The woman who asked the questions said she admired my courage. That if the situation was reversed, she wouldn’t feel comfortable walking into an all-white church in say South Boston. I shared with her that of all Boston’s neighborhoods, Southie was the one I was the least comfortable in. In spite of the fact that I am white and part Irish, I was an outsider and Southie was notorious at the time for not liking outsiders. We laughed because I just told her how I was comfortable walking in Dudley or Mission Hill, but Southie where I might at least blend in made me the most uncomfortable.
That morning, the women seemed to admire almost envy my confidence. No one said I could get away with it because I am white. I can’t say if anyone thought it. I didn’t think so then or now by the tone of our conversation.
Yet, the reality is that as a white woman my ability to maneuver the streets of traditionally tough black inner city neighborhoods is as much a matter of white privilege as it is my determined confident attitude. As a white woman I had grown to believe that the world is mine, as a black woman society would have taught me that there were certain places I didn’t belong. Even though the whites only signs have long been taken down, it is still far more comfortable and accepted for a white person to enter a traditionally black neighborhood than is the reverse. And, yes that is a form of white privilege. As a white woman I do not have to think about whether I belong … if I want to be somewhere, an event, a church, a store then by the act of my being there I belong there. It is a privilege granted me by the whiteness of my skin.
It is a matter of white privilege that I as a white American woman do not have to question whether I belong somewhere in our society. The reality is I like other white folks in America do not automatically think about the places or events we are comfortable going to as being white privilege. We don’t question whether our presence at particular venue is acceptable based on our skin color – that in itself is a form of white privilege. My black counterpart has to be acutely aware of whether she (or he) would be welcomed and how she (or he) would be treated at a venue that is overwhelmingly white. Meanwhile, as a white person I can remain blissfully oblivious to this type of white privilege at work in my life.
Another example of white privilege at work in my life occurred recently. One of my nephews who has failed to fully launch into adulthood called me in a panic. He had been pulled over by police and was being detained for a moving violation. A brilliant move on his part for sure. I was at a softball game accompanying my younger niece who was playing when he called me in a panic at the thought of facing jail time. “Someone is going to have to bail me out,” he pleaded. My niece’s softball game had just started and I couldn’t leave her alone. I stayed for another two hours watching her and at some point during the game as I pondered my nephew’s situation it occurred to me that not once had I any concern over my nephew’s safety. Instead of thinking about his safety I was thinking how cooling his heels in a jail cell might do him some good. The possibility of a routine traffic stop turning into injury or even worse death is not even a consideration for me as a white American. This is definitely white privilege.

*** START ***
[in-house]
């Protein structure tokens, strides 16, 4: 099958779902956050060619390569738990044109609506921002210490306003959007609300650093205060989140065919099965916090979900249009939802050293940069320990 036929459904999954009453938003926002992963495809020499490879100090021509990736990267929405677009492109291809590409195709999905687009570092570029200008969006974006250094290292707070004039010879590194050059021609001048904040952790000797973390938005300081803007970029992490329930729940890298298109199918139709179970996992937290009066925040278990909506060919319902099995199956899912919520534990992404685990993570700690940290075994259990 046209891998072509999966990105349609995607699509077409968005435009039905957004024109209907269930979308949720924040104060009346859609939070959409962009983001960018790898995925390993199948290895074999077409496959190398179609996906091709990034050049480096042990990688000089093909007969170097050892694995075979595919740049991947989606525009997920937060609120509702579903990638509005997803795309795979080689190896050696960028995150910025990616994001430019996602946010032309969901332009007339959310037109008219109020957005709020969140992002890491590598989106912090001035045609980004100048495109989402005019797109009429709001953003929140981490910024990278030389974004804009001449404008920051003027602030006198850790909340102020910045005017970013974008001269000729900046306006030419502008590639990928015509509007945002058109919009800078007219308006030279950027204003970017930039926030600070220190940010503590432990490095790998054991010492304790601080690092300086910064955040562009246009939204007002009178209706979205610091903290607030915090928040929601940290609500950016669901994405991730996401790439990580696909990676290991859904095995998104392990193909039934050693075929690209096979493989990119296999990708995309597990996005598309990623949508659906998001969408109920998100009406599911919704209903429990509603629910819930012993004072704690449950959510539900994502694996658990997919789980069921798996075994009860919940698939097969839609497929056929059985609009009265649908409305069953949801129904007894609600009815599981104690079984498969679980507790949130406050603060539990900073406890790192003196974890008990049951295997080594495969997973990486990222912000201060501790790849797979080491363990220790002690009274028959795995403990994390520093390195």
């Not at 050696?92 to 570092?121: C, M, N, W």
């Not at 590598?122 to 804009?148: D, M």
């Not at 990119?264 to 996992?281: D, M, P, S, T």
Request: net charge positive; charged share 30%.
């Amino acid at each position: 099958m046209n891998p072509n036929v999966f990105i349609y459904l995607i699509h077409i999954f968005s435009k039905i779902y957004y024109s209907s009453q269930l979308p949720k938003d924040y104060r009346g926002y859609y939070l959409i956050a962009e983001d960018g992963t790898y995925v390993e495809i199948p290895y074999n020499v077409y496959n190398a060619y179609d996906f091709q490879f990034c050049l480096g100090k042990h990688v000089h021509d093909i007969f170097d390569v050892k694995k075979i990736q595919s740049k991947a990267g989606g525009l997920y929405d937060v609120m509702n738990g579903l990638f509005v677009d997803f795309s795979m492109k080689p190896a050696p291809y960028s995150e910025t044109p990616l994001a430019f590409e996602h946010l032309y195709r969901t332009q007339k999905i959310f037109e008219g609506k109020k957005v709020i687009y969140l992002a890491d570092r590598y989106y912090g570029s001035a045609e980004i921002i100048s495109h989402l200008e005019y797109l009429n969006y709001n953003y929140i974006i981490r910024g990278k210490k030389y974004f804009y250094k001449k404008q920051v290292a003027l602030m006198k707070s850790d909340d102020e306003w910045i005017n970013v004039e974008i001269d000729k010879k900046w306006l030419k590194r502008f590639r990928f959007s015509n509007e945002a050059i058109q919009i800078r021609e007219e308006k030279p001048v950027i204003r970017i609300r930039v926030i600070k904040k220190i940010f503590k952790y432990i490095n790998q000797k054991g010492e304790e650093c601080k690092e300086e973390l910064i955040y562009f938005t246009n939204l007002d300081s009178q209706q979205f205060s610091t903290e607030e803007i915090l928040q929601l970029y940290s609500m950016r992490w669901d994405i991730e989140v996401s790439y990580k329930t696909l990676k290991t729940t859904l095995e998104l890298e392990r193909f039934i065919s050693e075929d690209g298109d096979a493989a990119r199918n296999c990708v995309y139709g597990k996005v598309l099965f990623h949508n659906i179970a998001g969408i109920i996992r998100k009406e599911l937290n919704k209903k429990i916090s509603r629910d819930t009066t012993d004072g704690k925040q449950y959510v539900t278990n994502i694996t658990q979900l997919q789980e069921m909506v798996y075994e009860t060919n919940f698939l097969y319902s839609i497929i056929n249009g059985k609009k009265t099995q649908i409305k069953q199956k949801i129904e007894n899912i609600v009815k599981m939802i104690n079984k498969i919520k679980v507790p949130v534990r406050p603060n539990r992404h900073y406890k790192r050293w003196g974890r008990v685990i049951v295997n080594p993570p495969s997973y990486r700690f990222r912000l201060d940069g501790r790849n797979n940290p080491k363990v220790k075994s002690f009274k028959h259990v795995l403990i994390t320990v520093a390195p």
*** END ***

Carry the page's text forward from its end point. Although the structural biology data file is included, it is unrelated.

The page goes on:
If I was a black woman who received a similar phone call regarding my son or nephew I would have been alarmed and fearful of his safety. My reaction would not be so nonchalant and even though I would still be upset with him for being so irresponsible I would not have the luxury of feeling safe in letting him sit in a holding cell and contemplate the consequences of his irresponsibility.
The reality is that for my white nephew he will go to court be charged a fine and probably be made to take driver’s education classes. But if my nephew was black and was pulled over by police and was being detained for the same offense, that encounter with law enforcement could have turned into a death sentence. That is the reality. It is not a popular reality, and I know some white Americans deny this reality. They can deny it – their white sons will never be treated with the same hatred as a black parent’s son in the exact same situation. Their ability to deny this is a matter of their white privilege because the war on young black men in our society will never impact their lives.
Whether white privilege exists or not is definitely a matter of perspective and awareness. White America can remain unaware to its existence and continue on with their daily lives uninterrupted . That is a luxury that has historically and routinely been denied black Americans. That in itself is a matter of white privilege.